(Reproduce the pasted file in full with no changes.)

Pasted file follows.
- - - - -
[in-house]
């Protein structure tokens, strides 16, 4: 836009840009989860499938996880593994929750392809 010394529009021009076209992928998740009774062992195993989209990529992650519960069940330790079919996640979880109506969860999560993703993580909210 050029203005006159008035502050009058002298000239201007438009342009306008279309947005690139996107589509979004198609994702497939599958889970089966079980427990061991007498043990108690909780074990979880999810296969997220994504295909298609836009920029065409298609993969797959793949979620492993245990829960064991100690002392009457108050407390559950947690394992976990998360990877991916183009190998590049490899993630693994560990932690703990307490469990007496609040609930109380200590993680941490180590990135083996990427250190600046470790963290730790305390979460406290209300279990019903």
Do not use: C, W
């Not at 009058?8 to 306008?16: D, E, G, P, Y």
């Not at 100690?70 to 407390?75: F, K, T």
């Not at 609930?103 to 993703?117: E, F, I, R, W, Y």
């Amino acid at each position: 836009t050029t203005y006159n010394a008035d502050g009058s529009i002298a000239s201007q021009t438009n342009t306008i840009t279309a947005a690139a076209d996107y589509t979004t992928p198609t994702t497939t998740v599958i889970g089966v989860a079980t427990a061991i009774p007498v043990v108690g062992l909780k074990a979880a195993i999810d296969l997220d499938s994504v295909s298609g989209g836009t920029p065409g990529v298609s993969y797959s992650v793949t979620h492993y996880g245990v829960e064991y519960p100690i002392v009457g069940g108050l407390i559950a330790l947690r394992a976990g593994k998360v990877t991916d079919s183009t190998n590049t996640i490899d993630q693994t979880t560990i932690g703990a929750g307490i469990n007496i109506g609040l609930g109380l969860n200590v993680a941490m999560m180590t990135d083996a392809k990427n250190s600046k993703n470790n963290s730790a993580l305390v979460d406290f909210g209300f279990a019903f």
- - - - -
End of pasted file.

[in-house]
């Protein structure tokens, strides 16, 4: 836009840009989860499938996880593994929750392809 010394529009021009076209992928998740009774062992195993989209990529992650519960069940330790079919996640979880109506969860999560993703993580909210 050029203005006159008035502050009058002298000239201007438009342009306008279309947005690139996107589509979004198609994702497939599958889970089966079980427990061991007498043990108690909780074990979880999810296969997220994504295909298609836009920029065409298609993969797959793949979620492993245990829960064991100690002392009457108050407390559950947690394992976990998360990877991916183009190998590049490899993630693994560990932690703990307490469990007496609040609930109380200590993680941490180590990135083996990427250190600046470790963290730790305390979460406290209300279990019903």
Do not use: C, W
């Not at 009058?8 to 306008?16: D, E, G, P, Y």
């Not at 100690?70 to 407390?75: F, K, T």
């Not at 609930?103 to 993703?117: E, F, I, R, W, Y």
């Amino acid at each position: 836009t050029t203005y006159n010394a008035d502050g009058s529009i002298a000239s201007q021009t438009n342009t306008i840009t279309a947005a690139a076209d996107y589509t979004t992928p198609t994702t497939t998740v599958i889970g089966v989860a079980t427990a061991i009774p007498v043990v108690g062992l909780k074990a979880a195993i999810d296969l997220d499938s994504v295909s298609g989209g836009t920029p065409g990529v298609s993969y797959s992650v793949t979620h492993y996880g245990v829960e064991y519960p100690i002392v009457g069940g108050l407390i559950a330790l947690r394992a976990g593994k998360v990877t991916d079919s183009t190998n590049t996640i490899d993630q693994t979880t560990i932690g703990a929750g307490i469990n007496i109506g609040l609930g109380l969860n200590v993680a941490m999560m180590t990135d083996a392809k990427n250190s600046k993703n470790n963290s730790a993580l305390v979460d406290f909210g209300f279990a019903f």